Is Climate Modelling Science?

At first glance this seems like a strange question. Isn’t science precisely the quantification of observations into a theory or model and then using that to make predictions? Yes. And are those predictions in different cases then tested against observations again and again to either validate those models or generate ideas for potential improvements? Yes, again. So the fact that climate modelling was recently singled out as being somehow non-scientific seems absurd.

Granted, the author of the statement in question has little idea of what climate modelling is, or how or why it’s done. However, that his statement can be quoted in a major US newspaper says much about the level of public knowledge concerning climate change and the models used to try and understand it. So I will try here to demonstrate how the science of climate modelling works, and yes, why it is a little different from some other kinds of science (not that there’s anything wrong with that!).

Climate is complex. Since climatologists don’t have access to hundreds of Earth’s to observe and experiment with, they need virtual laboratories that allow ideas to be tested in a controlled manner. The huge range of physical processes that are involved are encapsulated in what are called General Circulation Models (or GCMs). These models consist of connected sub-modules that deal with radiative transfer, the circulation of the atmosphere and oceans, the physics of moist convection and cloud formation, sea ice, soil moisture and the like. They contain our best current understanding for how the physical processes interact (for instance, how evaporation depends on the wind and surface temperature, or how clouds depend on the humidity and vertical motion) while conserving basic quantities like energy, mass and momentum. These estimates are based on physical theories and empirical observations made around the world. However, some processes occur at scales too small to be captured at the grid-size available in these (necessarily global) models. These so-called ‘sub-gridscale’ processes therefore need to be ‘parameterised’.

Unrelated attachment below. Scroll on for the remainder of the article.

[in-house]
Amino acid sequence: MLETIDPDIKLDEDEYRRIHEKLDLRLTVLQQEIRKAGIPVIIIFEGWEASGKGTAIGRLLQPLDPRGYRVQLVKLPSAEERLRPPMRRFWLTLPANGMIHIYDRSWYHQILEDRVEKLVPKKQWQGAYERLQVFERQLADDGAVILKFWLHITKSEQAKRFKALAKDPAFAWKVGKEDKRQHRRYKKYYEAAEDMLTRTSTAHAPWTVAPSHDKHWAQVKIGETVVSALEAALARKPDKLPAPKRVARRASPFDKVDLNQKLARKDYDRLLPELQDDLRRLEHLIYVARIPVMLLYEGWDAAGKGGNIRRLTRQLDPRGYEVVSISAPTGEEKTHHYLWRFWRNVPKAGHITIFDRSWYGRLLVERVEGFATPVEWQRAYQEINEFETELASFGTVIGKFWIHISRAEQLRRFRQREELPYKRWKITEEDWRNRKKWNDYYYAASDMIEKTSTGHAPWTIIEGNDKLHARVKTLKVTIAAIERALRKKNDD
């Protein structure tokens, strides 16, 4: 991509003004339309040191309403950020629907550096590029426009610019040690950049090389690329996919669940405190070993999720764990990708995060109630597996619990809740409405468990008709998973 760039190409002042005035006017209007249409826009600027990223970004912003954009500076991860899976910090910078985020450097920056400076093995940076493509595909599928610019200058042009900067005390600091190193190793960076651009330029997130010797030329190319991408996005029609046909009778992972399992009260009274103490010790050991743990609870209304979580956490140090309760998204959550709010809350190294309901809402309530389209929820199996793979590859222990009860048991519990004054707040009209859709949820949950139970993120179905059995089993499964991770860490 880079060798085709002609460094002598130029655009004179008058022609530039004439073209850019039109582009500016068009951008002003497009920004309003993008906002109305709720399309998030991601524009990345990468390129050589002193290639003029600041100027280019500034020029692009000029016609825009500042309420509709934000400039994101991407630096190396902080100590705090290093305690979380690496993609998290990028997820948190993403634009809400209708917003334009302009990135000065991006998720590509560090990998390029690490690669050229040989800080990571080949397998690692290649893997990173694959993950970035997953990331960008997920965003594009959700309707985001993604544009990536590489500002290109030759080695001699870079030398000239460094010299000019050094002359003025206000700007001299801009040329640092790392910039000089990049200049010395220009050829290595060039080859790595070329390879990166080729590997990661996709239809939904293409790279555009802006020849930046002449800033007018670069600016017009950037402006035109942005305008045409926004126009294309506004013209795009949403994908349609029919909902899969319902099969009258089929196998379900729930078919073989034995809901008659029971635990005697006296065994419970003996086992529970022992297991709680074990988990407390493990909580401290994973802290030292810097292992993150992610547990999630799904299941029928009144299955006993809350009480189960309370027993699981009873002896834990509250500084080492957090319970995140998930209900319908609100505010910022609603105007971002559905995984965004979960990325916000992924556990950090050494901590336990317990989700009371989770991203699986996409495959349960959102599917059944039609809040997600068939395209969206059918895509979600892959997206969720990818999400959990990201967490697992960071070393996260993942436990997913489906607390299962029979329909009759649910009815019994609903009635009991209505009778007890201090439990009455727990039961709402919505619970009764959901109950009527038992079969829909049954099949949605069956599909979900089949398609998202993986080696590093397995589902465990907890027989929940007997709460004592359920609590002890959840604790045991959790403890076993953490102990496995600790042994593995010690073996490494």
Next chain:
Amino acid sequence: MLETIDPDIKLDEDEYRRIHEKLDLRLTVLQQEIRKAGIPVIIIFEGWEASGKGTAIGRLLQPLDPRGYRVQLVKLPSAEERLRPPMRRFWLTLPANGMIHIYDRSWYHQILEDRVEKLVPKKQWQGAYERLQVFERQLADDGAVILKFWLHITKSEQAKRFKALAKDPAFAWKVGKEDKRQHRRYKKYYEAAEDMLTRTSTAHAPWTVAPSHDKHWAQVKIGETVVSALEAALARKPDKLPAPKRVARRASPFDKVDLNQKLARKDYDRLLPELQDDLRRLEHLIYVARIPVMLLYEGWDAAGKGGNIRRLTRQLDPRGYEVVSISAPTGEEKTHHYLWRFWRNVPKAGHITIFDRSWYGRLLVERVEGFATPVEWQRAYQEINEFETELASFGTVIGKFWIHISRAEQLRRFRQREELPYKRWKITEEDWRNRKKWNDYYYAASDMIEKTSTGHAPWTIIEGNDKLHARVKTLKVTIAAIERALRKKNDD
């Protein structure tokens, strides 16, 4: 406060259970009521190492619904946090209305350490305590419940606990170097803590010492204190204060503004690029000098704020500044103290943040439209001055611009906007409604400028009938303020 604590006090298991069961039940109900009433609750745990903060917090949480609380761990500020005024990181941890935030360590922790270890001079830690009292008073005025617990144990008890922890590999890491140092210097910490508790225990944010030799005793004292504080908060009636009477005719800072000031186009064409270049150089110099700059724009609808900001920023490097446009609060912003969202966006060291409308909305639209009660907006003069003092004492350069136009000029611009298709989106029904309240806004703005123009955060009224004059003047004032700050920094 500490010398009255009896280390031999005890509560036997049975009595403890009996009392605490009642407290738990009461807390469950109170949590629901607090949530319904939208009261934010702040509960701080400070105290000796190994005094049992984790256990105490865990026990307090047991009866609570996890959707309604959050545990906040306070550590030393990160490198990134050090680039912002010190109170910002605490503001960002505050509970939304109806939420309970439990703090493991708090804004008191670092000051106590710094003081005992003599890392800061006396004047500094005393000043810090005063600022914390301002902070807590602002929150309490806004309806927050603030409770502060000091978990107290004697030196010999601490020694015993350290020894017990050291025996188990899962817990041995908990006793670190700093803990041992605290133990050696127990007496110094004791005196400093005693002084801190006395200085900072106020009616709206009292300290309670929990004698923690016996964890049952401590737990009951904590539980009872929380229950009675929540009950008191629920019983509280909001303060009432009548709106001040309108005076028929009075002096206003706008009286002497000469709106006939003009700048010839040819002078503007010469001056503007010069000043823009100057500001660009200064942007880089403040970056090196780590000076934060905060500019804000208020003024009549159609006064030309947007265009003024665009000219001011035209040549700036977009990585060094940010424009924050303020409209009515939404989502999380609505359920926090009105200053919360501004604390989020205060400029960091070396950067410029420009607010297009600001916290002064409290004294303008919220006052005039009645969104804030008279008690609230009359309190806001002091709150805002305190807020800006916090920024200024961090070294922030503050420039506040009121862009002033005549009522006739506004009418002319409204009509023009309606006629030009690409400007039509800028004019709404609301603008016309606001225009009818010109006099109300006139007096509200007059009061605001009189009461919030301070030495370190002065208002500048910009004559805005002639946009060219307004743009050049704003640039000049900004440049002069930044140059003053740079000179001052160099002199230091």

A good example is related to clouds. Obviously, in an actual cloud, the relative humidity is close to 100%, but at a grid box scale of 100′s of km, the mean humidity – even if there are quite a few clouds – will be substantially less. Thus a parameterisation is needed that relates the large scale mean values, to actual distribution of clouds in a grid box that one would expect. There are of course many different ways to do that, and the many modelling groups (in the US, Europe, Japan, Australia etc.) may each make different assumptions and come up with slightly different results.

It’s important to note what these models are not good for. They aren’t any good for your local weather, or the temperature of the water at the nearest beach or for the wind in downtown Manhattan, because these are small scale features, affected by very local conditions. However, if you go up to the regional scale and beyond (i.e. Western Europe as a whole, the continental US) you start to expect better correlations.

One of the most important features of complex systems is that most of their interesting behaviour is emergent. It’s often found that the large scale behaviour is not a priori predictable from the small scale interactions that make up the system. So it is with climate models. If a change is made to the cloud parameterisation, it is difficult to tell ahead of time what impact that will have on, for instance, the climate sensitivity. This is because the number of possible feedback pathways (both positive and negative) is literally uncountable. You just have to put it in, let it physics work itself out and see what the effect is.

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